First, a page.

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Time-dependent shapes of a dissolving mineral grain: Comparisons of simulations with microfluidic experiments

Abstract : Experimental observations of the dissolution of calcium sulfate by flowing water have been used to investigate the assumptions underlying pore-scale models of reactive transport. Microfluidic experiments were designed to observe changes in size and shape as cylindrical disks (radius 10 mm) of gypsum dissolved for periods of up to 40 days. The dissolution flux over the whole surface of the sample can be determined by observing the motion of the interface. However, in order to extract surface reaction rates, numerical simulations are required to account for diffusional hindrance across the concentration boundary layer; the geometry is too complex for analytic solutions. We have found that a first-principles simulation of pore-scale flow and transport, with a single value of the surface reaction rate, was able to reproduce the time sequence of sample shapes without any fitting parameters. The value of the rate constant is close to recent experimental measurements but much smaller than some earlier values. The shape evolution is a more stringent test of the validity of the method than average measurements such as effluent concentration, because it requires the correct flux at each point on the sample surface.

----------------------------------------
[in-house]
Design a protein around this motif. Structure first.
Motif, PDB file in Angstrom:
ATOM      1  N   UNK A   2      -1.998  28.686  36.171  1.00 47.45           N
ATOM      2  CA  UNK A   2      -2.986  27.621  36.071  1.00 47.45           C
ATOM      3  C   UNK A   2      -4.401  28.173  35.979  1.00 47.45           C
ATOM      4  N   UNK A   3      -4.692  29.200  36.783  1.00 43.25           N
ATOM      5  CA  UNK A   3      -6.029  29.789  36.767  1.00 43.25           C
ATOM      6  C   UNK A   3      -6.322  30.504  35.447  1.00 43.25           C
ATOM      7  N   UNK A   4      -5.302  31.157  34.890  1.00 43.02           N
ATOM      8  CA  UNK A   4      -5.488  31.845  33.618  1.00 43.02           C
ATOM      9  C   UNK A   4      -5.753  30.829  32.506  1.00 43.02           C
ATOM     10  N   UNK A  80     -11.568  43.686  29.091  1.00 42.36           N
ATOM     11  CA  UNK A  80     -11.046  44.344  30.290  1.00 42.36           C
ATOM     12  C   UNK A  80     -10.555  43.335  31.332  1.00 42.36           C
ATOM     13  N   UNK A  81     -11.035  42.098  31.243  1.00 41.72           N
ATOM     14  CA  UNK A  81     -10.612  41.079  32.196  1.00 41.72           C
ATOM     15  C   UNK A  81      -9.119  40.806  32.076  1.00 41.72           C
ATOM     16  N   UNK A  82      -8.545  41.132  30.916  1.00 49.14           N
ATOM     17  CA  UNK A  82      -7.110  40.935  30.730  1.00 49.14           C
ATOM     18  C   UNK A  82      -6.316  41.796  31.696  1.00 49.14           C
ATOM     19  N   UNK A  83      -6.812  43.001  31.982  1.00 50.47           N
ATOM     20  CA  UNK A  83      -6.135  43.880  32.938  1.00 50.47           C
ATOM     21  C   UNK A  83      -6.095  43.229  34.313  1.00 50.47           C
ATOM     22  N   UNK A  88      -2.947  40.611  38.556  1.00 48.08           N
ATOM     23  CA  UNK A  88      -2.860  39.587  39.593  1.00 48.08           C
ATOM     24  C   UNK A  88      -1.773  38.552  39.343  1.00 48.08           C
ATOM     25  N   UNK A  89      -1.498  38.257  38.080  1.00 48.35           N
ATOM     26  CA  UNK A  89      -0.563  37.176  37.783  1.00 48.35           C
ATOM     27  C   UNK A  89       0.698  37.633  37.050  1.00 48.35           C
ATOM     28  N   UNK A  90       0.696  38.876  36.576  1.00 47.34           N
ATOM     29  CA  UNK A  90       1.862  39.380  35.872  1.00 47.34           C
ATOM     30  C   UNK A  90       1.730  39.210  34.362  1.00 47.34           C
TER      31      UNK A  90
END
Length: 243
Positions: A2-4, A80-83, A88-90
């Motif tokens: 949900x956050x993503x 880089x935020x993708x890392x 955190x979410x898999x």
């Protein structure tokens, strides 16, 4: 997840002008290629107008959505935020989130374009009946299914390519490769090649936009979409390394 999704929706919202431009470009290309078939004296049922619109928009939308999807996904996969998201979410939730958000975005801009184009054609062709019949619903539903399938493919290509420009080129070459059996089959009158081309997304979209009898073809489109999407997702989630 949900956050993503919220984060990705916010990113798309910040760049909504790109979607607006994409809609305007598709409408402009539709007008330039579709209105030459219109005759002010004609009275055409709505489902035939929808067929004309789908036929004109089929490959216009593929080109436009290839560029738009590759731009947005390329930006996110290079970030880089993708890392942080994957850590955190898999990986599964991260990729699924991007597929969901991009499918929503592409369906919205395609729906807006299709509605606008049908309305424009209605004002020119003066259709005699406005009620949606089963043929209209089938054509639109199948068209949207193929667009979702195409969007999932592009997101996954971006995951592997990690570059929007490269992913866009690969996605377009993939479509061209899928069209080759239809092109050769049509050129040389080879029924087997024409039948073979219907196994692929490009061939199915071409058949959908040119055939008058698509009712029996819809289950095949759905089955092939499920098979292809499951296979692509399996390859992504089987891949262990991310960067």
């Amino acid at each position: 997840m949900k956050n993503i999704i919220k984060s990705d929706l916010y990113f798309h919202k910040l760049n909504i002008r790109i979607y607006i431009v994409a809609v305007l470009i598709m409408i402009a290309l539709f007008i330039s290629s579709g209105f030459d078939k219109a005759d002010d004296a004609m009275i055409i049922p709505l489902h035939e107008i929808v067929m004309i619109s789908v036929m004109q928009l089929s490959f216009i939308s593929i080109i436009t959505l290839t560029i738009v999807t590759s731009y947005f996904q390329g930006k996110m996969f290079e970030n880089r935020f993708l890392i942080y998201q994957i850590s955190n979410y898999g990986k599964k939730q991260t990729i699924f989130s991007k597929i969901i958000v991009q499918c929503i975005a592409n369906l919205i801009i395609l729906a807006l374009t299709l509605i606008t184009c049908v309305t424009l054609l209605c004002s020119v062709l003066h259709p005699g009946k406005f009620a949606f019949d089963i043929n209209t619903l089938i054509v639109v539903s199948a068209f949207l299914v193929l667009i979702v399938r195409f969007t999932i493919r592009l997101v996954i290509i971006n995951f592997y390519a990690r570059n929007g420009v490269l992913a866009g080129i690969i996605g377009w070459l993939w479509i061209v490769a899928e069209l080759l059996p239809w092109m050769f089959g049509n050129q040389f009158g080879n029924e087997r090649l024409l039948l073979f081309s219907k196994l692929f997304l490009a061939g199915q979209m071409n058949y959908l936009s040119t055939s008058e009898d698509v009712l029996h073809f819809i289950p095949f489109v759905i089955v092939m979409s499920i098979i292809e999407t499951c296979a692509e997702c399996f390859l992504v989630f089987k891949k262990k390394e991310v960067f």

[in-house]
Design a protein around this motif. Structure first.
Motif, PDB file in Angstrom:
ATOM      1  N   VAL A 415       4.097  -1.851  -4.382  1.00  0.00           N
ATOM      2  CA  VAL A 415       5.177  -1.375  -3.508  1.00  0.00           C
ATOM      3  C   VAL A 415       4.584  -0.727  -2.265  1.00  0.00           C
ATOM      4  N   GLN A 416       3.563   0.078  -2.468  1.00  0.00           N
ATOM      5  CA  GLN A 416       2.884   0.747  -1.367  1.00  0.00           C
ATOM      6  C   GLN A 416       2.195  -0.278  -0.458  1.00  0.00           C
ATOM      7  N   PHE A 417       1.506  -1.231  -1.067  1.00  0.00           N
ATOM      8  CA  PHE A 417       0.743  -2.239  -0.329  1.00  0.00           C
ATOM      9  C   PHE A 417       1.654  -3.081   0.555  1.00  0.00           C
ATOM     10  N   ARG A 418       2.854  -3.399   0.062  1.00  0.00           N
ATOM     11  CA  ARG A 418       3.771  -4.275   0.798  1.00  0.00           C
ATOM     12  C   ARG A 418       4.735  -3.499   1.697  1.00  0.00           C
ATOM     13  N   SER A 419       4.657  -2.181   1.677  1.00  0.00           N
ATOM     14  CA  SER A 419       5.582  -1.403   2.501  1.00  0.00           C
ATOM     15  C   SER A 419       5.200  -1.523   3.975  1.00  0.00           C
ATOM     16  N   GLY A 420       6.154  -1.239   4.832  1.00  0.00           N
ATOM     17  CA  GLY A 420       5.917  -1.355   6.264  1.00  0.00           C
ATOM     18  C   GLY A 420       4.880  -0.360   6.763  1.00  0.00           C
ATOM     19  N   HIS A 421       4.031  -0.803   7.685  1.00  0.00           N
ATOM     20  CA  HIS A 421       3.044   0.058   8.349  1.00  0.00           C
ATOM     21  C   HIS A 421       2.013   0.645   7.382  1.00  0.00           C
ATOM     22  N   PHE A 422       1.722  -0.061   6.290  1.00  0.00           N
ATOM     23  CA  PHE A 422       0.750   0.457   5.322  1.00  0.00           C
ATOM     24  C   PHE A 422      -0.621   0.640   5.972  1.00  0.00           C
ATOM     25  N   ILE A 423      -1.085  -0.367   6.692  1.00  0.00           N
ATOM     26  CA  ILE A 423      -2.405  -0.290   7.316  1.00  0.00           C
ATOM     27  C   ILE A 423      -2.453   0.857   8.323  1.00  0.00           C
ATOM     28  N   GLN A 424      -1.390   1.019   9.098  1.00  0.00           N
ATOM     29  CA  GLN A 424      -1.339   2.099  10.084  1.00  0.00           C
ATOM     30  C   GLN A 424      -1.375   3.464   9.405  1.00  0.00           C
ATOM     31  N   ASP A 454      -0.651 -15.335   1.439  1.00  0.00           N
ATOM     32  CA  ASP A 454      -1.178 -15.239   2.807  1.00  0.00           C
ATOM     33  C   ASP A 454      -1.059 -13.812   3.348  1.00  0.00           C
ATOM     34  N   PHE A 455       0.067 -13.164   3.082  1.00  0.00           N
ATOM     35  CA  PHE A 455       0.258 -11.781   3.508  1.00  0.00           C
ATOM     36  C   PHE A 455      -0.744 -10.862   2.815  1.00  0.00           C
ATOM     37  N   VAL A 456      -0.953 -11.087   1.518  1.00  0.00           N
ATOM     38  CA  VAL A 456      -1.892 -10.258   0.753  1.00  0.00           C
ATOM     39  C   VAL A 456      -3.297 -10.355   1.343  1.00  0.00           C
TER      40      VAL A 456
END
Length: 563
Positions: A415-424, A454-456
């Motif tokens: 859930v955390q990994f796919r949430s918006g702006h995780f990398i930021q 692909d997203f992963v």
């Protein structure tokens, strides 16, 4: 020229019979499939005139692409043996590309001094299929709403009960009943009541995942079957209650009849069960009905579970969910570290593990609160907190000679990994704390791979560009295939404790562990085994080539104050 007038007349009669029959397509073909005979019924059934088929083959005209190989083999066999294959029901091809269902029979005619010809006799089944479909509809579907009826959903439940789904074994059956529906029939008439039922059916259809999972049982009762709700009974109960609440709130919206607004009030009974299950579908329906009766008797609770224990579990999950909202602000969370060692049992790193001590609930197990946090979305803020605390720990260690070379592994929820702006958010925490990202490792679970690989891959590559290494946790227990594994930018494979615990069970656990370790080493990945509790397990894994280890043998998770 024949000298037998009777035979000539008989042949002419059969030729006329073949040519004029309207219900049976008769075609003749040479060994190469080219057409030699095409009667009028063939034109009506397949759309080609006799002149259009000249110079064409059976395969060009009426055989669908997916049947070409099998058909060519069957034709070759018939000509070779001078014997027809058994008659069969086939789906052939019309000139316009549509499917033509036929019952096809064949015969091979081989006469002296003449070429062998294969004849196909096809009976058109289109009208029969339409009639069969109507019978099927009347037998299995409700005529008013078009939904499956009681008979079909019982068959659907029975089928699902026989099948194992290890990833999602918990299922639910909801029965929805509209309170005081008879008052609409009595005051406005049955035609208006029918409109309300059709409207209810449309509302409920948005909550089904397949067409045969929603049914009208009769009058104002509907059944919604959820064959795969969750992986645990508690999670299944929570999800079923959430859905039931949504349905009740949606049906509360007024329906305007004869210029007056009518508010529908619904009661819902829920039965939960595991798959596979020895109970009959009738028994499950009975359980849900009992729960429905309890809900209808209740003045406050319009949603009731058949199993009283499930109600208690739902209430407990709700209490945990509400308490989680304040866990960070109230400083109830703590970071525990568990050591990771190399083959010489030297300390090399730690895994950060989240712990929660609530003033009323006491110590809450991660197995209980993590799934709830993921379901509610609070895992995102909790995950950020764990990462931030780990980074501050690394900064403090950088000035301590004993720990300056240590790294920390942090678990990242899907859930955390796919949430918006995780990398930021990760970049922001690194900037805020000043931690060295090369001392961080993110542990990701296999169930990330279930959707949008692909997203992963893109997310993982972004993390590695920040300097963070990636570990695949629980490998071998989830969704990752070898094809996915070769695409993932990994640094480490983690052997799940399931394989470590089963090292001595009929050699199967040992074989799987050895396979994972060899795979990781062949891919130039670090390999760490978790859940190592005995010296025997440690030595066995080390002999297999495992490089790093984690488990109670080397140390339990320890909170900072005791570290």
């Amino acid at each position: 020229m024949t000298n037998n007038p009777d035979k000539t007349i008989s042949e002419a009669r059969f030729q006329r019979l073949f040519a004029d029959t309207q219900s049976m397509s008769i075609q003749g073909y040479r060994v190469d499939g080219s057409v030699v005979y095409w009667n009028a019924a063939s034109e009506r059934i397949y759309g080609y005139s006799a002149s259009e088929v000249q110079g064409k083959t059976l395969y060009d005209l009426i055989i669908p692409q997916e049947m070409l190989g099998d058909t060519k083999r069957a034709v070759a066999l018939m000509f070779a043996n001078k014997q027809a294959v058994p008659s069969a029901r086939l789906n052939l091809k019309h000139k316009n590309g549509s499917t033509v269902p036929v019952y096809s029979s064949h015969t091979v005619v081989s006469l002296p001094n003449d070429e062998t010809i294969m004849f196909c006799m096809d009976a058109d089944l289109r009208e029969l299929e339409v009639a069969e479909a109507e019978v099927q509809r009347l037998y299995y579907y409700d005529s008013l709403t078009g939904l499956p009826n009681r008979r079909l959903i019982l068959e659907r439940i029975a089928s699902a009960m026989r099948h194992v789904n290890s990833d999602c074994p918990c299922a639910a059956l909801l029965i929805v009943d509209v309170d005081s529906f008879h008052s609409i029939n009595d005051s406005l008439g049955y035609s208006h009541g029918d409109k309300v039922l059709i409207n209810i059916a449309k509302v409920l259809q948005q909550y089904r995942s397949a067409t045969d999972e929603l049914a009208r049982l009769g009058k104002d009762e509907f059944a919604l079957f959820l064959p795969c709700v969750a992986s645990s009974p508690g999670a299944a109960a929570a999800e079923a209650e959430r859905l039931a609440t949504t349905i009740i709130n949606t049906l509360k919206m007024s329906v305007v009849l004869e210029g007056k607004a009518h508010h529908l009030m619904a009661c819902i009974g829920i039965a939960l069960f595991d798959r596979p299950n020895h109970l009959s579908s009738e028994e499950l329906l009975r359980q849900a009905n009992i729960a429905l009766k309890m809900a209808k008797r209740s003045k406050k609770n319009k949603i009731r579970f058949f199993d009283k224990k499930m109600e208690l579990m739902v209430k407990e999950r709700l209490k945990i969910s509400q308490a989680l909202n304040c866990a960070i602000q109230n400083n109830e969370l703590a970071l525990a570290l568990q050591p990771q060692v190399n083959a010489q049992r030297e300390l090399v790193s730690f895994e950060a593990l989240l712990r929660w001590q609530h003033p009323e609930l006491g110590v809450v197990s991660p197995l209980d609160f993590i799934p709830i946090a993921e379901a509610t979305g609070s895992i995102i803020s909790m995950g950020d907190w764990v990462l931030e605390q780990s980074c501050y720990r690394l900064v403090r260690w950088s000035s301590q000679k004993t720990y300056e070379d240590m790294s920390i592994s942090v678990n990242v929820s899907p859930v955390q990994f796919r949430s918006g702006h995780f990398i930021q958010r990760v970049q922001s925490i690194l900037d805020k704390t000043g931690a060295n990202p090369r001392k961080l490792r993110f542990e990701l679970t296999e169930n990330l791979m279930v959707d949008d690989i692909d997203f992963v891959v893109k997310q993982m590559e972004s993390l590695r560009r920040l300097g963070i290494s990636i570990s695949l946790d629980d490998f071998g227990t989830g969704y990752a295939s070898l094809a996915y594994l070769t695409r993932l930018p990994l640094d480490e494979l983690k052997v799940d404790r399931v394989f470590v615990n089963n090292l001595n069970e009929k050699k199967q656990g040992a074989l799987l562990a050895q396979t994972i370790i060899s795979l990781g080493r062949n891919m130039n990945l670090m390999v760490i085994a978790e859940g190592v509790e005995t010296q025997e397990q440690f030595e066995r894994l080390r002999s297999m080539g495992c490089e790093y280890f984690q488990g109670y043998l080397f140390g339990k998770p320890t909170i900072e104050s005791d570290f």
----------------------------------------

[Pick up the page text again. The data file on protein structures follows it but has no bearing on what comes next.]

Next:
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Filip Dutka, Vitaliy Starchenko, Florian Osselin, Silvana Magni, Piotr Szymczak, et al.. Time-dependent shapes of a dissolving mineral grain: Comparisons of simulations with microfluidic experiments. Chemical Geology, Elsevier, 2020, 540, pp.119459. ⟨10.1016/j.chemgeo.2019.119459⟩. ⟨insu-02512853⟩



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